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Brand building blocks: The design of trust in a digital world

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“We exist in a place where bits and atoms come together”.

In its recent rebrand, Uber describes a new world order: a world in which new digital businesses, from Hassle to Deliveroo, are using technology to power physical services.

Trust has been the cornerstone of business for centuries but these businesses in particular rely on trust more deeply than ever before.

Why? Because they require us to put our faith in the unknown. We must trust unproven concepts, we must trust fledgling businesses, we must trust strangers we have never met before.

In an online world, trust is no longer built through face-to-face interaction but through logo, design and interface.

Building instant trust

Building trust used to take time. Today, with a myriad online services – from nannies to taxis – at our fingertips, we have to make instant decisions on the ones we choose to trust. And very often, it’s all about those first impressions.

In 2006, a team of Canadian researchers showed that the average person takes just 50 milliseconds to judge the aesthetic appeal of a website. What’s more, these initial impressions were found to have a lasting impact on the person’s perception of the company.

Symbols, visuals and colours all contain inherent semiotic codes that help bring familiarity to the unknown. Dark blue can make a company appear more credible. An intuitive interface can convey professionalism. Recognisable symbols can make a new concept, or emerging company, appear less alien.

Processed in an instant, these factors come together to help us make instant decisions on the companies and brands we choose to trust.

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Building global trust

Today, we can jump in an Uber in over 300 cities across the world.

The beauty of the sharing economy lies in its effortless ability to scale. Using the power of human networks, the very same business model can be replicated anywhere in the world.

But whilst the model can be copied and pasted, trust – the driving factor behind adoption – cannot.

In an age of globalisation, company names struggle to hold universal meaning to consumers. Words are so deeply rooted in culture and language that it is quasi-impossible to find one that is both global and meaningful.

By contrast, imagery and symbolism are often cross-cultural and resonate strongly with audiences across continents.

Take Airbnb. In 2014, its global expansion in full swing, it caused quite a stir as it abandoned its bubbly baby-blue wordmark, introducing in its place a symbolic shape – the Bélo.

An amalgamation of several universal symbols, the Bélo represents a world in which we can belong anywhere. Since its launch, the symbol has been recreated thousands of times by users across the world highlighting its global resonance.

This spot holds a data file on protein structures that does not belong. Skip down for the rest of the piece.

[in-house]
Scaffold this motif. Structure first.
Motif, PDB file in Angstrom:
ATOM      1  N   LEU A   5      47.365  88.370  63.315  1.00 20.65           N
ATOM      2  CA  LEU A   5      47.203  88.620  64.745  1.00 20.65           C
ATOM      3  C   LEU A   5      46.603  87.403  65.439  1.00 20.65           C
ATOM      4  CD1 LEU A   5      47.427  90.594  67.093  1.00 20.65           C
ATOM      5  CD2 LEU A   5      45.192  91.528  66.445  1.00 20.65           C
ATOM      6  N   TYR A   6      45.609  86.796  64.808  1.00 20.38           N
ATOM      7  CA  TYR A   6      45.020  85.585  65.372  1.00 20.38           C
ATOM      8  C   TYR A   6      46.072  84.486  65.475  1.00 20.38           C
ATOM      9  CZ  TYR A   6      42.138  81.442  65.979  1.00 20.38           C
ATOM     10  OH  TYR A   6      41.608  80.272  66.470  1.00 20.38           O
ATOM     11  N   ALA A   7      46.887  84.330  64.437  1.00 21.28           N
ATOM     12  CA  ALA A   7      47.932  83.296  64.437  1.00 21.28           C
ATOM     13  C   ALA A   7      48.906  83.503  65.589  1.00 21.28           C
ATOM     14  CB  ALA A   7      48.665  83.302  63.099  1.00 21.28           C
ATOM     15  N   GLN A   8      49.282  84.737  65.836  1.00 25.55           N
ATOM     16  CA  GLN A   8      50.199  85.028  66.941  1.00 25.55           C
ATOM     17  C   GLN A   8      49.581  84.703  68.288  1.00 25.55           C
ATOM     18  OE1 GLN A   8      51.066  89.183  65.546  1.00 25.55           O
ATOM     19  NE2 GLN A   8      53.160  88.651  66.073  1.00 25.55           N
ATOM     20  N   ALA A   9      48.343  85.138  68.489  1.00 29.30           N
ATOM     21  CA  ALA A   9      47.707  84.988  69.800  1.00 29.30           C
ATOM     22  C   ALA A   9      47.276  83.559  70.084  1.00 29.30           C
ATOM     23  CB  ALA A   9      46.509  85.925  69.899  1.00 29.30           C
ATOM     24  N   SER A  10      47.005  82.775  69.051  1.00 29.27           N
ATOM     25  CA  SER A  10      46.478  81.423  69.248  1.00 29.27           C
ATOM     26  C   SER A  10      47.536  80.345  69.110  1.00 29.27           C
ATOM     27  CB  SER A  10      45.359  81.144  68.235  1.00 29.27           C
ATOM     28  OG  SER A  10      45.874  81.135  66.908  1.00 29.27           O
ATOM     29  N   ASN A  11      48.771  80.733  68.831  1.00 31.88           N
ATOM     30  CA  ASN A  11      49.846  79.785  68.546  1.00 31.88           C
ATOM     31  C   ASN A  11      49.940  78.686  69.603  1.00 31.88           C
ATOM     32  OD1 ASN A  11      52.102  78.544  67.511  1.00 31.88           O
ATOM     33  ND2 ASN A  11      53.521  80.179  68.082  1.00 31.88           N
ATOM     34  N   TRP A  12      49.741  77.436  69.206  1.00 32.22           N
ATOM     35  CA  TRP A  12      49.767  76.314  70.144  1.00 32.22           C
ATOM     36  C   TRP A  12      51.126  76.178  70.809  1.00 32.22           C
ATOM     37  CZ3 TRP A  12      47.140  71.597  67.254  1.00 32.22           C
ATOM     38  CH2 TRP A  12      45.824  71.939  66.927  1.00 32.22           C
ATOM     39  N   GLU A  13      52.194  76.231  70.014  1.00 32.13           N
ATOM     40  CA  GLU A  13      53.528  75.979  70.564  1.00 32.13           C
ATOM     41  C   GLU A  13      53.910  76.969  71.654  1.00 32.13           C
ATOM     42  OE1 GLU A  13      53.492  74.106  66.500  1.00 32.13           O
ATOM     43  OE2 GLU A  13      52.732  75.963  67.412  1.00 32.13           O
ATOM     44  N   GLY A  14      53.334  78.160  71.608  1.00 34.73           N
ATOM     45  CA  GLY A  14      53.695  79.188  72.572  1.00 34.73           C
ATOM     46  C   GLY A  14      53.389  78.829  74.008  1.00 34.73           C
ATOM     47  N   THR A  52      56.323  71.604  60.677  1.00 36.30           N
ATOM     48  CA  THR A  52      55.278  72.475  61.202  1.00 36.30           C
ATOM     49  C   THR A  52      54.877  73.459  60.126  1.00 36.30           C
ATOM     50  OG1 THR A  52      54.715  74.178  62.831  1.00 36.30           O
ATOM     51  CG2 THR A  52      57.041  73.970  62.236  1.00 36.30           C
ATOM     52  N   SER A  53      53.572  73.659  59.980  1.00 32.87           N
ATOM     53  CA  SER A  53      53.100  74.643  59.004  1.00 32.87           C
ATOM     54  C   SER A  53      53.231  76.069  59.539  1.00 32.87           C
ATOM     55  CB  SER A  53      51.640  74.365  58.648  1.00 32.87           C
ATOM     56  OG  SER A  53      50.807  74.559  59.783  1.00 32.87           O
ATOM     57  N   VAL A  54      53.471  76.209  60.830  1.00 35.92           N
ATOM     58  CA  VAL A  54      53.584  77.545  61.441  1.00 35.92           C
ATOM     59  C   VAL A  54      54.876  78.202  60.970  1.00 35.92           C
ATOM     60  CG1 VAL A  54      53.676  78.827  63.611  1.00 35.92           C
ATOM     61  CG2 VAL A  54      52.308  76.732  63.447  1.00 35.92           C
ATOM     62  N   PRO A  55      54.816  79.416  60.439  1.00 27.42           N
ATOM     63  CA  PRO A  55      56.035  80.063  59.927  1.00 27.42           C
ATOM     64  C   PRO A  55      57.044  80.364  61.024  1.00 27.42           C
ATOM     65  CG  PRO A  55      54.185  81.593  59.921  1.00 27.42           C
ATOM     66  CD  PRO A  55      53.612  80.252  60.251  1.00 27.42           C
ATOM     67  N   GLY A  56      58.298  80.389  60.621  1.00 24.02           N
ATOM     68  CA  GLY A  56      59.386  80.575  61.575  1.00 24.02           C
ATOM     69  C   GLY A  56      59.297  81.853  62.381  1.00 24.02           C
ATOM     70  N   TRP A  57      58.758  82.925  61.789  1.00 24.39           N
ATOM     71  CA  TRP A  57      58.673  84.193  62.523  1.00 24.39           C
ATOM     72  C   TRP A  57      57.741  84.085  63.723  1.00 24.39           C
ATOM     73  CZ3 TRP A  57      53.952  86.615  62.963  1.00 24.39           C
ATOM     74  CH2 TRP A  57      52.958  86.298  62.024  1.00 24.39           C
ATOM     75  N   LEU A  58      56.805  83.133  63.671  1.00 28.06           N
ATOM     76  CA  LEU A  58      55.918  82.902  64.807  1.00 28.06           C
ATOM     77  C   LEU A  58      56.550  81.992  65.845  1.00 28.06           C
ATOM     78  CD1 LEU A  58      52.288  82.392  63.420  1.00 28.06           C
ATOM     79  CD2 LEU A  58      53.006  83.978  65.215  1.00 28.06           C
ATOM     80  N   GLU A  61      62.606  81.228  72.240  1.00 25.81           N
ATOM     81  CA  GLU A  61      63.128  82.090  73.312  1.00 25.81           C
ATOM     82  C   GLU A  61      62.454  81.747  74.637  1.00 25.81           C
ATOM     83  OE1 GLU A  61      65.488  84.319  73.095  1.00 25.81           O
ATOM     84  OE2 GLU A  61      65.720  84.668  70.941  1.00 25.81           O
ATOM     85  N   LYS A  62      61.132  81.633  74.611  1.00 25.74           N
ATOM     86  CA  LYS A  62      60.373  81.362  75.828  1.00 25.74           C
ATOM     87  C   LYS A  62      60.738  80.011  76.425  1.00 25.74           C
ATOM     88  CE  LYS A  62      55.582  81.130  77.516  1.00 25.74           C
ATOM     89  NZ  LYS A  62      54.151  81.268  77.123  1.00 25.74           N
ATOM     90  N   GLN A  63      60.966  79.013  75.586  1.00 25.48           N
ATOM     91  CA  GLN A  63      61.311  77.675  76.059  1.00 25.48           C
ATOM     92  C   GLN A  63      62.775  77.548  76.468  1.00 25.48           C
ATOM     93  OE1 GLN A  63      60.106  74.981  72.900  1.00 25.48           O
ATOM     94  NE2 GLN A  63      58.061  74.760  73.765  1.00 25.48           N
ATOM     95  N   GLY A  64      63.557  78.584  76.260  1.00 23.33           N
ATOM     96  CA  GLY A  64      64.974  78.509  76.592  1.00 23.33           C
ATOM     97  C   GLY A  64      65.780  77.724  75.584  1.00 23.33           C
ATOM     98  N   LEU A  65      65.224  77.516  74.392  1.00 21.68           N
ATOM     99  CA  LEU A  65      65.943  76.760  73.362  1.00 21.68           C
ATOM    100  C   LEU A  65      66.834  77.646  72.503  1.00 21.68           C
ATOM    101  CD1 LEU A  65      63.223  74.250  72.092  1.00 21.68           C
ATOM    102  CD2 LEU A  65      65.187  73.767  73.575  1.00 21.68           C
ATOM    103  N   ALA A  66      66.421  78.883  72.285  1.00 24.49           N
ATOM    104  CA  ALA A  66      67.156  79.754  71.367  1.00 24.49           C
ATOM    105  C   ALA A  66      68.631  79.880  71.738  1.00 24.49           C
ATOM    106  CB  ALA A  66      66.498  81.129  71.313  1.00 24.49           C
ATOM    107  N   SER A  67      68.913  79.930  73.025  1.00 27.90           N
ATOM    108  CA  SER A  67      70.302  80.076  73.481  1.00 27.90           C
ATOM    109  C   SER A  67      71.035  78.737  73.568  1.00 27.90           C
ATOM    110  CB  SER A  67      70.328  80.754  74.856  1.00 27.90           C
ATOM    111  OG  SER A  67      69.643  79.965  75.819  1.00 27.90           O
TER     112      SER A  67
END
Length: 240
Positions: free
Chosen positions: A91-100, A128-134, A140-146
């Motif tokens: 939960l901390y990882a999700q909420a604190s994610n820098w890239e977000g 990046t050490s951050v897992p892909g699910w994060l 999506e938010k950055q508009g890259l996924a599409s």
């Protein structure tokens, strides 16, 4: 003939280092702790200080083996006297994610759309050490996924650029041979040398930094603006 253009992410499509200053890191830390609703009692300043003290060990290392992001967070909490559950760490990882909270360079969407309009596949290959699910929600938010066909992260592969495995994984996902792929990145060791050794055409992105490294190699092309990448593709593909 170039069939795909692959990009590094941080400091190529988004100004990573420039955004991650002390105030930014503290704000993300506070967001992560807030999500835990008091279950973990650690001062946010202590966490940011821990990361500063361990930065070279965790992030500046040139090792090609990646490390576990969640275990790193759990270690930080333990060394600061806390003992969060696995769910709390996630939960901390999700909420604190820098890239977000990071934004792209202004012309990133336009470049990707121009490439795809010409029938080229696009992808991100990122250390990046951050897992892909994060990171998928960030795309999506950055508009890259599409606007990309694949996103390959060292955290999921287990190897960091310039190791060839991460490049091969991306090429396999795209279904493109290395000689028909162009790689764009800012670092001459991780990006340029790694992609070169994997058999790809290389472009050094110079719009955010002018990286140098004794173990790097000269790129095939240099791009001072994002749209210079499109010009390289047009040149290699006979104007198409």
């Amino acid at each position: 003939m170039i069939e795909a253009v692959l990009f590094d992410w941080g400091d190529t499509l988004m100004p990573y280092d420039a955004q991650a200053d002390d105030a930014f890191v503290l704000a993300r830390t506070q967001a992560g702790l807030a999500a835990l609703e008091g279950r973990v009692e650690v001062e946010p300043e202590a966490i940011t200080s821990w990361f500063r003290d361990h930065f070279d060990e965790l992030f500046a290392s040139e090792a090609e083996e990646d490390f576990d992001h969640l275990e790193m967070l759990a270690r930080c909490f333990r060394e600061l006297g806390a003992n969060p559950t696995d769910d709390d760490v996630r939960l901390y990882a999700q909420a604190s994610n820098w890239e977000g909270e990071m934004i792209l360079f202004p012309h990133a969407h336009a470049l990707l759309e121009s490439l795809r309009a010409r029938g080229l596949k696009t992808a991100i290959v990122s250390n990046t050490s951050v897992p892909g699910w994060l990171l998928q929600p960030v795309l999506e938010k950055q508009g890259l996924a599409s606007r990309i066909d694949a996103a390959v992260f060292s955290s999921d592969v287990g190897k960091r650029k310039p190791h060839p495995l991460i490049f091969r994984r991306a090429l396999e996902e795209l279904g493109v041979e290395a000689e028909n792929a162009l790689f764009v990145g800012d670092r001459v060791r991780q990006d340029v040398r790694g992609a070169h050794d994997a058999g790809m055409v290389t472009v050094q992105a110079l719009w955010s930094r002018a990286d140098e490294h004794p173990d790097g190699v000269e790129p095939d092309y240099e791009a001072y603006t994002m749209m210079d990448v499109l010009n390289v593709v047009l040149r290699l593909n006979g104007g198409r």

In recent weeks, Uber too has adopted a new logo in a bid to speak to its global audience. Grounded in months of research into architecture, textiles, art and fashion, the app icon, chameleon-like, changes to reflect the pattern and fabric of each individual city.

The website reads: “In Mexico, we were inspired by Mexican pink and the patterns in the local tiles; in Ireland, from the Georgian architecture and the lush greens; and in Nigeria, from the ankara, which came up again and again because of its bright colors and beautiful geometric patterns.”

For their immense size and power, behemoths like Uber are reliant on millions of individual, independent people choosing to use their service. In order to gain these people’s trust, global must become local. 

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Building trusting communities

The sharing economy is built upon transactions between two individuals. Whilst in the “real” world, people can choose to trust others based on face-to-face interaction, the online world needs a new model.

Often, companies employ visual signposts to promote trust between users. As laid out in BlaBlaCar’s D.R.E.A.M.S. Trust Framework, many brands ensure that users have a clear public profile, complete with visible star ratings and other visuals clues such “Ambassador status” which help users to make decisions on who to trust.

They, and others, also use the global online background checking provider Onfido to verify their users’ identities and histories. Just a few weeks ago, the company launched its new logo, designed to be recognised as a global trust symbol.

For third-party verification services in particular, logos are not just about looking pretty. They become a modern hallmark, carrying a much deeper significance and indicating that any company associated with it can be trusted for one reason or other.

From the BSI Kitemark to the Michelin Star, these visual seals of approval provide an instant air of legitimacy, helping users make more confident purchase decisions and in turn, helping businesses to grow.

You trust what you can see

Trust is the linchpin of any successful business. But as we move to a digital society, businesses must learn to build that trust without the luxury of human interaction.

With an increasing amount of services becoming available through our mobiles, it’s what we see on our phone screens – the design, the logo, the interface – that will determine whether we can trust the person on the other end.

Onfido was founded by Oxford University graduates, who secured a $4.5m investment last year to declare war on identity theft.

Chiara Quadranti is director of marketing at Onfido

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